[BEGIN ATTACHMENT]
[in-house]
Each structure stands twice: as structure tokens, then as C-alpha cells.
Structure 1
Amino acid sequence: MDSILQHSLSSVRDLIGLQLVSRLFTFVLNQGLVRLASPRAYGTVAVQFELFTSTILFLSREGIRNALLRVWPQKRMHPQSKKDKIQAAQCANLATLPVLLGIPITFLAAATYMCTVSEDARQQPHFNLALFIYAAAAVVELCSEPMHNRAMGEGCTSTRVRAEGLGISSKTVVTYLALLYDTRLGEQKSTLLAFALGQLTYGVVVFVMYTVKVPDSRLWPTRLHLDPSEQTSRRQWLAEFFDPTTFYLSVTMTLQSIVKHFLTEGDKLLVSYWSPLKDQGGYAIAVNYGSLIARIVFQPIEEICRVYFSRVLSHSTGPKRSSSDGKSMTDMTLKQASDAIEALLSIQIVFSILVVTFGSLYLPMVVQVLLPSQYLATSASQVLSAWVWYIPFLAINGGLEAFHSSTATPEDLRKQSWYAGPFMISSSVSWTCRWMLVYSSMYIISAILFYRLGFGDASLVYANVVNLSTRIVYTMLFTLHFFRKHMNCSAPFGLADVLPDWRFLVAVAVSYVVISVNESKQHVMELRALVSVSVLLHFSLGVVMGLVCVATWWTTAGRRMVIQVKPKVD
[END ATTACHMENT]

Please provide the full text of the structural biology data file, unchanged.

[in-house]
Each structure stands twice: as structure tokens, then as C-alpha cells.
Structure 1
Amino acid sequence: MDSILQHSLSSVRDLIGLQLVSRLFTFVLNQGLVRLASPRAYGTVAVQFELFTSTILFLSREGIRNALLRVWPQKRMHPQSKKDKIQAAQCANLATLPVLLGIPITFLAAATYMCTVSEDARQQPHFNLALFIYAAAAVVELCSEPMHNRAMGEGCTSTRVRAEGLGISSKTVVTYLALLYDTRLGEQKSTLLAFALGQLTYGVVVFVMYTVKVPDSRLWPTRLHLDPSEQTSRRQWLAEFFDPTTFYLSVTMTLQSIVKHFLTEGDKLLVSYWSPLKDQGGYAIAVNYGSLIARIVFQPIEEICRVYFSRVLSHSTGPKRSSSDGKSMTDMTLKQASDAIEALLSIQIVFSILVVTFGSLYLPMVVQVLLPSQYLATSASQVLSAWVWYIPFLAINGGLEAFHSSTATPEDLRKQSWYAGPFMISSSVSWTCRWMLVYSSMYIISAILFYRLGFGDASLVYANVVNLSTRIVYTMLFTLHFFRKHMNCSAPFGLADVLPDWRFLVAVAVSYVVISVNESKQHVMELRALVSVSVLLHFSLGVVMGLVCVATWWTTAGRRMVIQVKPKVD